For the base, I used a utility knife and paint scraper to CAREFULLY shave the plaster down. Super glad I did this, it looks much better and I will be able to get a clean, flat flange for the multipart mold. Until it dries I am kind of stuck for now, though.

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Next step - making a silicone mold of the arm. I am going with a brush on mold backed by plastic shell. This is supposed to help keep the weight down.

The first step here is to figure out if you can make a glove mold that is a single sleeve of silicone you peel off the arm (like a long glove) or if you have to go with a 2 part mold. Based on how I positioned my fingers, I felt a glove mold would have to stretch WAY too much to be usable over the long haul. I am probably being overly cautious. But I decided to go with a 2 pc mold.

Now that this is known ... determine the seam line. I used clay to establish the line that will separate top and bottom half of the mold. The clay has to be sulphur free if you are using silicone. I drew a line in pencil and then used the clay to follow the line. I am showing way more pics than needed here because a lot of thought goes into this step.
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Then I mixed up the silicone and painted on the first layer (unthickened) and used a parchment paper sheet to make a mold for some keys. Do NOT do this. Silicone sticks to silicone and parchment paper is impregnated with silicone. Duh.

After 1 hour it was tacky but stable (did not come away with my finger) so I mixed up a second, thickened layer of the Rebound 25 (thivex is the thickener). And slathered that on.

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That cured overnight and in the morning I removed the clay. I also realized that while I had sealed my plaster hand with Krylon Clear, I had not used a mold release. Hmmm. I wonder if I can take this thing off? I verified that I could but realized a little plaster had stuck (in the wrist area, its whitish). The second half is the palm side with more crevices, so I used Paste Wax to act as mold release. Fingers crossed that works. For a mold release between the silicone layers I am using 2 parts rubbing alcohol to one part dish soap.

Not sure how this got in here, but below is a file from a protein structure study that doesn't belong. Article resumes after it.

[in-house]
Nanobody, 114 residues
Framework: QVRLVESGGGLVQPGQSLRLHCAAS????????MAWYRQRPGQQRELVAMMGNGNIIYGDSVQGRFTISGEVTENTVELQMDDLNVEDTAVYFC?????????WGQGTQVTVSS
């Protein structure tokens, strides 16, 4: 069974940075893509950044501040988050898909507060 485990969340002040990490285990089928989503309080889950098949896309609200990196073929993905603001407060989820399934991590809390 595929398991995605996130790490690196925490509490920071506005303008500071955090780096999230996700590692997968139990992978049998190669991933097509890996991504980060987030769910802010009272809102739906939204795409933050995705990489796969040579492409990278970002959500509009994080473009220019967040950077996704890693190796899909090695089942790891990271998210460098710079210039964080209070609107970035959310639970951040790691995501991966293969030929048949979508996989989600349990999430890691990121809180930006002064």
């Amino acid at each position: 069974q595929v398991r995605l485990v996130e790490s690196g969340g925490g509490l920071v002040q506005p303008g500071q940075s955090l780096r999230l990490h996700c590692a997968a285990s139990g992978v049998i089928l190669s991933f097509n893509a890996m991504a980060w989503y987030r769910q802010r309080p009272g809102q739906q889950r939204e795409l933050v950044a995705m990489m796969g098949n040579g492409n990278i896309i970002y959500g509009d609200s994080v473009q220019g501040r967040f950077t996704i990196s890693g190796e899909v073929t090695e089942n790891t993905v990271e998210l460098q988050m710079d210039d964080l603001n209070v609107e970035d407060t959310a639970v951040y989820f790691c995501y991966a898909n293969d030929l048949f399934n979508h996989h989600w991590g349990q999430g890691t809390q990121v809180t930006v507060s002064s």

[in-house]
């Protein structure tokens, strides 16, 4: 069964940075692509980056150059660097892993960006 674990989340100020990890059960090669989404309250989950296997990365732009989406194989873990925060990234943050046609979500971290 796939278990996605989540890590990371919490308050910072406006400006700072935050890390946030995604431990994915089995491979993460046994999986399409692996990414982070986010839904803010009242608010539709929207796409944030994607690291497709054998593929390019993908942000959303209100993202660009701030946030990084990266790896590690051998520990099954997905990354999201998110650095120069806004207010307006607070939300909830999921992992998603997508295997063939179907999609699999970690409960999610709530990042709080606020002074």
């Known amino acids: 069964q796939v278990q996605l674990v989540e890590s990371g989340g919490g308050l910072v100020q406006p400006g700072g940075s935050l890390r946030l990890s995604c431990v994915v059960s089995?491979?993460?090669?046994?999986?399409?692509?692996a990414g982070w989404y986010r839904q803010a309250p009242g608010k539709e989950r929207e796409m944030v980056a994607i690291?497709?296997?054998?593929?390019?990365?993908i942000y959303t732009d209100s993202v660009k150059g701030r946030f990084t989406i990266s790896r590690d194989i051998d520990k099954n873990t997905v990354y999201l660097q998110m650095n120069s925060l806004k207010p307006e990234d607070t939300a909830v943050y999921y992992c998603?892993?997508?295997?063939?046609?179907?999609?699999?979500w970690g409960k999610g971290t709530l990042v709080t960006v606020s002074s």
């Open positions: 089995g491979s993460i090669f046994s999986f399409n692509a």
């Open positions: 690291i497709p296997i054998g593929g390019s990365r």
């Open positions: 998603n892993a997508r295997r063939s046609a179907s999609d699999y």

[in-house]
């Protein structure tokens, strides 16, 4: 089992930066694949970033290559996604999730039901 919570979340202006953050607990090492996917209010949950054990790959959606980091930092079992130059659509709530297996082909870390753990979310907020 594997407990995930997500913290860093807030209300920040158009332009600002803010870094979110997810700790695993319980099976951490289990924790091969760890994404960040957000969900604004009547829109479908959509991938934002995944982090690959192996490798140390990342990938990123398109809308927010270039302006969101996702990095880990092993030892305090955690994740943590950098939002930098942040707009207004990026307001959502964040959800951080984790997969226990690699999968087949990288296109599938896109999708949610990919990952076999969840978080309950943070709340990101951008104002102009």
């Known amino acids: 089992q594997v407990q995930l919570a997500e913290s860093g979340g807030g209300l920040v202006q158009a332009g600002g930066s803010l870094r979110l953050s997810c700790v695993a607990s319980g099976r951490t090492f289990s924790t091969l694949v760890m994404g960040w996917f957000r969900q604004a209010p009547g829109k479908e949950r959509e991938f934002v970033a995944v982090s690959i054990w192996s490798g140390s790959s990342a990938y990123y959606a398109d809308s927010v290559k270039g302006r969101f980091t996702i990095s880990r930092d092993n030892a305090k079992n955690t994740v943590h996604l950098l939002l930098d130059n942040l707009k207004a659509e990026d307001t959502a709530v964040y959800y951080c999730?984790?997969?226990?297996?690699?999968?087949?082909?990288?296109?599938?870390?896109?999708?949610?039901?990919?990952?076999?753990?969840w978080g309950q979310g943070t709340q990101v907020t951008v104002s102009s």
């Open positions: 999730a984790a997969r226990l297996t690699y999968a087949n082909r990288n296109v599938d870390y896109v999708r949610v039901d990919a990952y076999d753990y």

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The downside of breaking the seal on the top side is that I needed to get creative about how to hold the mold firmly to the plaster so I could make the second half. Had I left the first half firmly attached this would not have been an issue. I used clay to build little supports all over the place around the edges. Then did the "apply thin coat, wait an hour, thickened coat" sequence again. Painting it onto the thumb was difficult since that was upside down.

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That last pic shows where I called it a day. It needs to cure before the plastic cast gets made. That might happen this week or more likely next weekend. I think doing a bunch at once would make more sense. It takes 10 min to apply the silicone, if I had 5-6 hands ready I could apply silicone to each one and be ready for second coat by the time I was done. Gotta get more hand positions cast in plaster!
 

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Quick update ... this project lives :)

I created a plaster outer mold for the silicone mold and cast my first hand. I learned many things:
  1. Do not use rigid foam for something like this. I used a 4# rigid foam that turned out to be BRITTLE as hell. Hard pass on that. Carefully peeling the mold off the hand resulted in a broken thumb.
  2. When making the mold, do not remove or "check" any of it until you are done. Make BOTH silicone sides, and BOTH plaster sides, let the final product cure as long as needed before separating anything. My mold had some odd lines where rogue silicone from side 2 was able to seep under the edges of side 1.
  3. Use lots of whatever you are using. Go for thick, durable pieces. Even if someone else swears that 3 layers of plaster bandages is plenty ... use 5.
I decided to remake the silicone mold and create some new hands (severed hands for holding candles and such). I also bought a different foam that is FLEXIBLE and highly tear resistant. The rigid stuff was the consistency of a rice cake. I will use it to cast something, maybe an axe or other weapons that are blocky (sledgehammer?).

Pics below are of new hands (when cast in flexible foam they should be able to grip candles) and the in process silicone mold for the second try. I changed the parting line placement and the thumb will now be a glove mold. I also made small keys to align the silicone mold halves (the small round bits on the edge). Making a mold takes a LONG time, huge amount of effort. Hopefully this next try is production worthy and not just another learning experience :)